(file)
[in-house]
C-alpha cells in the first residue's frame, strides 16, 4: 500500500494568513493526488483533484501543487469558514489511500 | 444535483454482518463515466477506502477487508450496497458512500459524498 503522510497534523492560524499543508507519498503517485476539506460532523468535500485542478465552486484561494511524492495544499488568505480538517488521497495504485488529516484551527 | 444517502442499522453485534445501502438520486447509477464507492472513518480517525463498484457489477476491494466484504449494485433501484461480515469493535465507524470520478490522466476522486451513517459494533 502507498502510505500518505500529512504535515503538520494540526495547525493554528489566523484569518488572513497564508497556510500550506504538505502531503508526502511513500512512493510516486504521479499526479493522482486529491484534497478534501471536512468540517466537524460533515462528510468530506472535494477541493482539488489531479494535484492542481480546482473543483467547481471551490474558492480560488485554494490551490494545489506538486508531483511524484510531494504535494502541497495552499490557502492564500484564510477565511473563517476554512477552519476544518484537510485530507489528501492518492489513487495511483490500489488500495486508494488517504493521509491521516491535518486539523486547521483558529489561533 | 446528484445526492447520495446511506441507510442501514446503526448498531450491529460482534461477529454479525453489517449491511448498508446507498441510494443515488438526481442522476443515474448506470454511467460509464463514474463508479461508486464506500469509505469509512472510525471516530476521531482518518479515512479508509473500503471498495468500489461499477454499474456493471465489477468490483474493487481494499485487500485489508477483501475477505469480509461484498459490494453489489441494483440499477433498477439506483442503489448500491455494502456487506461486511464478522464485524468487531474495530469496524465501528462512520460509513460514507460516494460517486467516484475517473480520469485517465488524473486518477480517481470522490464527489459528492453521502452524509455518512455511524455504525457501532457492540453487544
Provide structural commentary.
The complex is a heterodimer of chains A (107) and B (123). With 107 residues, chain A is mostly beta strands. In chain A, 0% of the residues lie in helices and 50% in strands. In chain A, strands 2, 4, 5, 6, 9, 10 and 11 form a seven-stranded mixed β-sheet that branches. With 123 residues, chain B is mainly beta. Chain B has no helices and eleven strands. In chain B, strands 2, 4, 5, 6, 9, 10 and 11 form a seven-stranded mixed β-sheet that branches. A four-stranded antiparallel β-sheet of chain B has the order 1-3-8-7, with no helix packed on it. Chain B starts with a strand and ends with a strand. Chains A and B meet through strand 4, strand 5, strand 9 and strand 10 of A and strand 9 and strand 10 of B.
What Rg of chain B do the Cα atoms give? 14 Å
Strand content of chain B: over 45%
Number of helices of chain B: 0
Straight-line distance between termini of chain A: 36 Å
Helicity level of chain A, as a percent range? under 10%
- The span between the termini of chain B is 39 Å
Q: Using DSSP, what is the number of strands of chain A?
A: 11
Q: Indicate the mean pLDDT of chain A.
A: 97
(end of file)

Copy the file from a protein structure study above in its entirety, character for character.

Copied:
[in-house]
C-alpha cells in the first residue's frame, strides 16, 4: 500500500494568513493526488483533484501543487469558514489511500 | 444535483454482518463515466477506502477487508450496497458512500459524498 503522510497534523492560524499543508507519498503517485476539506460532523468535500485542478465552486484561494511524492495544499488568505480538517488521497495504485488529516484551527 | 444517502442499522453485534445501502438520486447509477464507492472513518480517525463498484457489477476491494466484504449494485433501484461480515469493535465507524470520478490522466476522486451513517459494533 502507498502510505500518505500529512504535515503538520494540526495547525493554528489566523484569518488572513497564508497556510500550506504538505502531503508526502511513500512512493510516486504521479499526479493522482486529491484534497478534501471536512468540517466537524460533515462528510468530506472535494477541493482539488489531479494535484492542481480546482473543483467547481471551490474558492480560488485554494490551490494545489506538486508531483511524484510531494504535494502541497495552499490557502492564500484564510477565511473563517476554512477552519476544518484537510485530507489528501492518492489513487495511483490500489488500495486508494488517504493521509491521516491535518486539523486547521483558529489561533 | 446528484445526492447520495446511506441507510442501514446503526448498531450491529460482534461477529454479525453489517449491511448498508446507498441510494443515488438526481442522476443515474448506470454511467460509464463514474463508479461508486464506500469509505469509512472510525471516530476521531482518518479515512479508509473500503471498495468500489461499477454499474456493471465489477468490483474493487481494499485487500485489508477483501475477505469480509461484498459490494453489489441494483440499477433498477439506483442503489448500491455494502456487506461486511464478522464485524468487531474495530469496524465501528462512520460509513460514507460516494460517486467516484475517473480520469485517465488524473486518477480517481470522490464527489459528492453521502452524509455518512455511524455504525457501532457492540453487544
Provide structural commentary.
The complex is a heterodimer of chains A (107) and B (123). With 107 residues, chain A is mostly beta strands. In chain A, 0% of the residues lie in helices and 50% in strands. In chain A, strands 2, 4, 5, 6, 9, 10 and 11 form a seven-stranded mixed β-sheet that branches. With 123 residues, chain B is mainly beta. Chain B has no helices and eleven strands. In chain B, strands 2, 4, 5, 6, 9, 10 and 11 form a seven-stranded mixed β-sheet that branches. A four-stranded antiparallel β-sheet of chain B has the order 1-3-8-7, with no helix packed on it. Chain B starts with a strand and ends with a strand. Chains A and B meet through strand 4, strand 5, strand 9 and strand 10 of A and strand 9 and strand 10 of B.
What Rg of chain B do the Cα atoms give? 14 Å
Strand content of chain B: over 45%
Number of helices of chain B: 0
Straight-line distance between termini of chain A: 36 Å
Helicity level of chain A, as a percent range? under 10%
- The span between the termini of chain B is 39 Å
Q: Using DSSP, what is the number of strands of chain A?
A: 11
Q: Indicate the mean pLDDT of chain A.
A: 97